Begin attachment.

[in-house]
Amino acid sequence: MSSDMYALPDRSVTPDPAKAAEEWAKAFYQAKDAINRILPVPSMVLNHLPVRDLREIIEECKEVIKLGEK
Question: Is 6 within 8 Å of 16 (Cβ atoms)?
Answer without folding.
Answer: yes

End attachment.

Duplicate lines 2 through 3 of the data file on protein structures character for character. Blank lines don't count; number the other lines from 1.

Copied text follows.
Amino acid sequence: MSSDMYALPDRSVTPDPAKAAEEWAKAFYQAKDAINRILPVPSMVLNHLPVRDLREIIEECKEVIKLGEK
Question: Is 6 within 8 Å of 16 (Cβ atoms)?